Photoshoot with sunflowers

ImageThe sunflowers I saw in the shop were perfect. They had just what was needed to bring to life the Torso vases. Like “shooting” a bunch of girls, I had them lined them up, turning them this way and that, to flatter their curves. The sunflowers, like faces, completed them.

Image vase, coral, white stripes, VIT, ceramic, handmade, modern, krikri, seattle Image vase, coral, white stripes, VIT, ceramic, handmade, modern, krikri, seattle

vase, coral, white stripes, VIT, ceramic, handmade, modern, krikri, seattle


New vase

VIT, vase, coral, kri kri studio, handmade
coral VIT vase w/ hydrangeas in the garden

Now being photographed!
I have a new vase shape which I started photographing this weekend. It’s exciting and fun to try it with different flowers in various locations and light. Capturing the qualities of a new piece in pictures is a just another part of the creativity involved in the production of an item.

Beginnings of a lamp base

Beginnings of a lamp base

Each new piece is formed using the coil and pinch technique, then a mold is made.

Vit ceramics web site

VIT tableware,
VIT tableware, in shadow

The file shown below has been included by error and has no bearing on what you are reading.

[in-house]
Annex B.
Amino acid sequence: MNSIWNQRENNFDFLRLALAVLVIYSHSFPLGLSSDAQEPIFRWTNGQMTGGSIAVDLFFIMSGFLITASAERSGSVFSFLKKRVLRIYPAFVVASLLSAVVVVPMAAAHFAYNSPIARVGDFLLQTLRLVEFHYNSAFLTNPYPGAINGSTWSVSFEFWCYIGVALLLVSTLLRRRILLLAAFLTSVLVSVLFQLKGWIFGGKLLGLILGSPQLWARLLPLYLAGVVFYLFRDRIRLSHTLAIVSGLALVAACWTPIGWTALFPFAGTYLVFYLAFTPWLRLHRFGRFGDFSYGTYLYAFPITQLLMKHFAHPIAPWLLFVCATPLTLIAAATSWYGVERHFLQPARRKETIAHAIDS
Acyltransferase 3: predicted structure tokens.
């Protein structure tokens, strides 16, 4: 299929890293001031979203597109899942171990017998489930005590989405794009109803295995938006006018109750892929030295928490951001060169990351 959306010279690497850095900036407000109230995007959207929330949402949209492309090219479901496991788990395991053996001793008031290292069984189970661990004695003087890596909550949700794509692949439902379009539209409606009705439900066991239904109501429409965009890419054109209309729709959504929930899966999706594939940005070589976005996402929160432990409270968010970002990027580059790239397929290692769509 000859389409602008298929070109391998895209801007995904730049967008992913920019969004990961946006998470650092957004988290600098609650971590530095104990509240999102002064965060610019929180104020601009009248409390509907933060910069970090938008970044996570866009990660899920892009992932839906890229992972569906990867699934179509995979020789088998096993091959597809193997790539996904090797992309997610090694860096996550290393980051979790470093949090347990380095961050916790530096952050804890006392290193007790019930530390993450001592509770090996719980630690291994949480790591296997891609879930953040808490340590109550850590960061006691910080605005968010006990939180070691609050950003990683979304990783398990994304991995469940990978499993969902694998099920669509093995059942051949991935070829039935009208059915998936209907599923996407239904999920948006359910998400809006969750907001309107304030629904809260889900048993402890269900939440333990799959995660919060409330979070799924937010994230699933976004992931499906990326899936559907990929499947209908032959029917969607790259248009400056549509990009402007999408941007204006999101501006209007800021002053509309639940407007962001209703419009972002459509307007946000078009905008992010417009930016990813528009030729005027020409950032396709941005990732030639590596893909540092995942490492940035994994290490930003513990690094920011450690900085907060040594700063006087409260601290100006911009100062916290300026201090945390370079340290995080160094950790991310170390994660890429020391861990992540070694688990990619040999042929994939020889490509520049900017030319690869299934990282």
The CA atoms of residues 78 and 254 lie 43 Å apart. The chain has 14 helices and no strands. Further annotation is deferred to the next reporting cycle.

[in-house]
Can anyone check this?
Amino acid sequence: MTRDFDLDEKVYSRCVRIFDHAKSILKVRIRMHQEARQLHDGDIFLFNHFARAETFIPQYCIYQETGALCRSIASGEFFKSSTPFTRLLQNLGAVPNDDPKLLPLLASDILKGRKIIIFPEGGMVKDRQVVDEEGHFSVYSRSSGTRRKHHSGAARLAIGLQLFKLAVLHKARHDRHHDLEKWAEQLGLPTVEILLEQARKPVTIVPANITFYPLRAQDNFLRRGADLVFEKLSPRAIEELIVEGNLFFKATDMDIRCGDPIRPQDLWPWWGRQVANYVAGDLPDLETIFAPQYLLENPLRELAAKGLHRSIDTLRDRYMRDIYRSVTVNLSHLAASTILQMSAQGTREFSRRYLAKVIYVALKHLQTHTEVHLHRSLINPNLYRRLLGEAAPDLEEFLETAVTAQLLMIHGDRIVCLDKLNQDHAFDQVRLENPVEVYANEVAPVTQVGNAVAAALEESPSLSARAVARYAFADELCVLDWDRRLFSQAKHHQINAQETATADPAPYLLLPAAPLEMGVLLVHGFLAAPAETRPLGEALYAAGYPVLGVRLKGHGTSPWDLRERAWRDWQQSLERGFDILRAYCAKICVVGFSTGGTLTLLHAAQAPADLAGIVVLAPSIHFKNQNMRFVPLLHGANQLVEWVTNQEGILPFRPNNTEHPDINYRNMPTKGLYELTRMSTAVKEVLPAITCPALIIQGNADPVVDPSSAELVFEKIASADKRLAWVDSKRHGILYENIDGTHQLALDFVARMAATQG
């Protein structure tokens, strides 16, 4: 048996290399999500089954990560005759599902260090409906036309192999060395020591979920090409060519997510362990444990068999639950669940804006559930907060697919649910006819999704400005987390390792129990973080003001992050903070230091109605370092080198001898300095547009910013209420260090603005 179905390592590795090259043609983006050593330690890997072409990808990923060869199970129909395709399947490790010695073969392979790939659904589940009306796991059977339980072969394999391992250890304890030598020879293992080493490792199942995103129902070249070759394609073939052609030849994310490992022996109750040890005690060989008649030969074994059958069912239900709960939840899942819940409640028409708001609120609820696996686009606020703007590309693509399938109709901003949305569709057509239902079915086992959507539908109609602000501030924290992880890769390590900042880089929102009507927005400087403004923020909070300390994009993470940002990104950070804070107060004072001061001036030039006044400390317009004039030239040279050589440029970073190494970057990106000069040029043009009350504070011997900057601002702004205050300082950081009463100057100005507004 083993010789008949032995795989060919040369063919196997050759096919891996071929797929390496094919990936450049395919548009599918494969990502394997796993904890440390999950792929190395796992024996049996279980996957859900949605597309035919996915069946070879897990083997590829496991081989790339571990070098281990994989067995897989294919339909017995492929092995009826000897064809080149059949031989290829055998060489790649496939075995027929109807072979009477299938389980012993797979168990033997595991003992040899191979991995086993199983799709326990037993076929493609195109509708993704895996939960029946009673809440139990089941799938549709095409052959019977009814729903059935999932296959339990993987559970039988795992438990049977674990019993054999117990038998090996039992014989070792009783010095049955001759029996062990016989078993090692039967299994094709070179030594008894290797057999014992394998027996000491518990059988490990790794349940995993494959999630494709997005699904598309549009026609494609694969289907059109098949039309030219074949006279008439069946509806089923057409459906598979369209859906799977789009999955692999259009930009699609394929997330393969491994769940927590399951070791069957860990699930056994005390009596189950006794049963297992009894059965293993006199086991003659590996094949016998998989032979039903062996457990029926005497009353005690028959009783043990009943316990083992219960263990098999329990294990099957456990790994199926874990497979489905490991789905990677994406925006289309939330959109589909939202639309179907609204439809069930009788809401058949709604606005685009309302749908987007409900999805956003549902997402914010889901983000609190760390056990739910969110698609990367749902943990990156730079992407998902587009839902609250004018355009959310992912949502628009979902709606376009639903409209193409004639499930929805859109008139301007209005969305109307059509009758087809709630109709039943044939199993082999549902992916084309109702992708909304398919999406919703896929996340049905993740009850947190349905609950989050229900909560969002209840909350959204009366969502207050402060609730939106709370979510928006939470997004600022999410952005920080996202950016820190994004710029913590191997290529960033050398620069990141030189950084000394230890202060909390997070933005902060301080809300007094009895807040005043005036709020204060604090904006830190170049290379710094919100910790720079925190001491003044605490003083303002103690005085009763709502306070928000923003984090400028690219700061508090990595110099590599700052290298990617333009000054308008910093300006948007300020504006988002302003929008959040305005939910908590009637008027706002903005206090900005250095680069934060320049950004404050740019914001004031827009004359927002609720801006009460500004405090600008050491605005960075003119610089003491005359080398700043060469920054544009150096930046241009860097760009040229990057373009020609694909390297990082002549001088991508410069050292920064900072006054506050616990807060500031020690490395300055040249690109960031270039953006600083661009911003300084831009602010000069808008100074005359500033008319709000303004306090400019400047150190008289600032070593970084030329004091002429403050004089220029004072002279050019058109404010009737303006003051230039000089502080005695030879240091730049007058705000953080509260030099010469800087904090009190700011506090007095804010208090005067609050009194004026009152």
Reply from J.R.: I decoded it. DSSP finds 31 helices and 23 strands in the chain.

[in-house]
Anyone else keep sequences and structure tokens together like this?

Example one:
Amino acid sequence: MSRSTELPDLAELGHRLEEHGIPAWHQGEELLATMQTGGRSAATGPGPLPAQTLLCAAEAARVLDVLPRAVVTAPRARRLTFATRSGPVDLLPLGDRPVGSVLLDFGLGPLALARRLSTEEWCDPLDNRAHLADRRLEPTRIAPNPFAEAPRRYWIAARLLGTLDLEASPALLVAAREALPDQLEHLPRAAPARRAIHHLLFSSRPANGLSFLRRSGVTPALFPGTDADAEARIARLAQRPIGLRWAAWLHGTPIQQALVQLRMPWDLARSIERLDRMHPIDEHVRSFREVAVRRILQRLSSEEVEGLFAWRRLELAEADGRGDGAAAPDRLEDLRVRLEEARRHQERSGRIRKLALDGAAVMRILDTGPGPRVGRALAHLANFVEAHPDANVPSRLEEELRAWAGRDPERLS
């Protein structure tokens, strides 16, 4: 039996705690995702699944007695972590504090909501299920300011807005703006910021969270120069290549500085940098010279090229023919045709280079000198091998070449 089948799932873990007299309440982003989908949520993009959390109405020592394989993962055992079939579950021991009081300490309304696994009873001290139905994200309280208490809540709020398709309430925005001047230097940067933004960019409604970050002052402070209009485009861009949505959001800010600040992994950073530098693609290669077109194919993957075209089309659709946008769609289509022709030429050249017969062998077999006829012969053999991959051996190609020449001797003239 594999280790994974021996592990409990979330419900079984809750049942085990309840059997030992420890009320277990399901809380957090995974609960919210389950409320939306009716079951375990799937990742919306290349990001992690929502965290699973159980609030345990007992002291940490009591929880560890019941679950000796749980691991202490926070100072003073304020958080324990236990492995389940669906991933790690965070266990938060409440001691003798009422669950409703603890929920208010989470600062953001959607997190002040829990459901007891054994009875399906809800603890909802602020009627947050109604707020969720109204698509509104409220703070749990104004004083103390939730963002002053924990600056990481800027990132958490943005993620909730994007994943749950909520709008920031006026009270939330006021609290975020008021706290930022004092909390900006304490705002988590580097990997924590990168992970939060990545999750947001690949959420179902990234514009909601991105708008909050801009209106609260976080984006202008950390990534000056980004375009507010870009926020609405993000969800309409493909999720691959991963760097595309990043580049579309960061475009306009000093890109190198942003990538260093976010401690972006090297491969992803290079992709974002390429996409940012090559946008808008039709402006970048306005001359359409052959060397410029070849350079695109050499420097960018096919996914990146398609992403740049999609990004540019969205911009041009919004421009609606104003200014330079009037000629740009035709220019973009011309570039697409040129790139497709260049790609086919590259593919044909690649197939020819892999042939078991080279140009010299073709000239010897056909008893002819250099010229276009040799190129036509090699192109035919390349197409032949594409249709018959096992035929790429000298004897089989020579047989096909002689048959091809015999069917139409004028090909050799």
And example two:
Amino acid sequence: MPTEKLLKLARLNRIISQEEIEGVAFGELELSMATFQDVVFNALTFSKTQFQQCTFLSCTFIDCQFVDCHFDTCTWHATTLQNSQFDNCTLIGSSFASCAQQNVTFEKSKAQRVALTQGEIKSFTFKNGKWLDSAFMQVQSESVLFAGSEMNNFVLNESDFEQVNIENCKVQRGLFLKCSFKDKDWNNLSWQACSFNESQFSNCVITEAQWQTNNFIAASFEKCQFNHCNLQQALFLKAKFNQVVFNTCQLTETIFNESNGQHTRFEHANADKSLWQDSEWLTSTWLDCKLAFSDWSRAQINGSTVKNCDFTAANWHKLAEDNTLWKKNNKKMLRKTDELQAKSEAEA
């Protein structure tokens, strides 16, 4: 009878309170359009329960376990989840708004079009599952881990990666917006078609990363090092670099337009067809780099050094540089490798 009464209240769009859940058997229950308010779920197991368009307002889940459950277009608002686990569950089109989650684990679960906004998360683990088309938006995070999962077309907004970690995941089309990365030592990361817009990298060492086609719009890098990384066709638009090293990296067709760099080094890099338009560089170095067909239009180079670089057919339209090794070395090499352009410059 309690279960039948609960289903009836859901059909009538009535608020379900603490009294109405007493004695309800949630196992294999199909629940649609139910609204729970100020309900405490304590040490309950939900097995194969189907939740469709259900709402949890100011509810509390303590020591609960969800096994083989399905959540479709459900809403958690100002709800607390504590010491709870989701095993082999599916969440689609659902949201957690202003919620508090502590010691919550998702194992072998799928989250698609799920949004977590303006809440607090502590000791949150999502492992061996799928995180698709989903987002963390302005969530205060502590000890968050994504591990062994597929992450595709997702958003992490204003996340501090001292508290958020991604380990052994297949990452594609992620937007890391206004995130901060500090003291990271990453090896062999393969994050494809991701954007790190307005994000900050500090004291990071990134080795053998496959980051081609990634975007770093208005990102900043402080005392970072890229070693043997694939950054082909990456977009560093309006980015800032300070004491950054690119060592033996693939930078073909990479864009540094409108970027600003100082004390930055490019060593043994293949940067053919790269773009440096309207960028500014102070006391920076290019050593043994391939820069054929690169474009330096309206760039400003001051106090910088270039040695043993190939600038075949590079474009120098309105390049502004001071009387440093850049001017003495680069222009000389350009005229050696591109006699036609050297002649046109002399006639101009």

Now VIT has it’s own web site!

Fresh start


After many years of producing the ornate and whimsical Kri Kri tableware, I started a new line which I call “VIT”, meaning “white”, in Swedish or “rapid” in French. It’s inception came from a desire to do something fresh and simple. It also gave me an opportunity to push in a new direction and to work in porcelain. Since committing to this project in 2012, I hired a small manufacturer in Portland Oregon to make the tableware. When they couldn’t fulfill orders, that endeavor was ended  Additionally, I took VIT to the International Gift Fair in NYC twice to promote it and was thoroughly stimulated! What a challenge to design a booth, create promotional materials and ship it all across the country! It has all been a crazy and stimulating learning experience!

 Now, I am undertaking production of VIT myself, in-house at Kri Kri Studio in Seattle. This has meant buying new equipment to use exclusively for porcelain and finding someone with a RAM press to press plates for me in Seattle. Using the RAM press speads up roduction and reduces the amont of warpage the plates are prone to. (By the way, all my molds are made from originals that I formed by hand to the best of my ability, so they still have a very individual quality that one doesn’t get with machine tooling.) The first batch of salad plates is in the works now and I have started pouring bowls and making mugs.

Stay tuned for the results of my next firings and progress!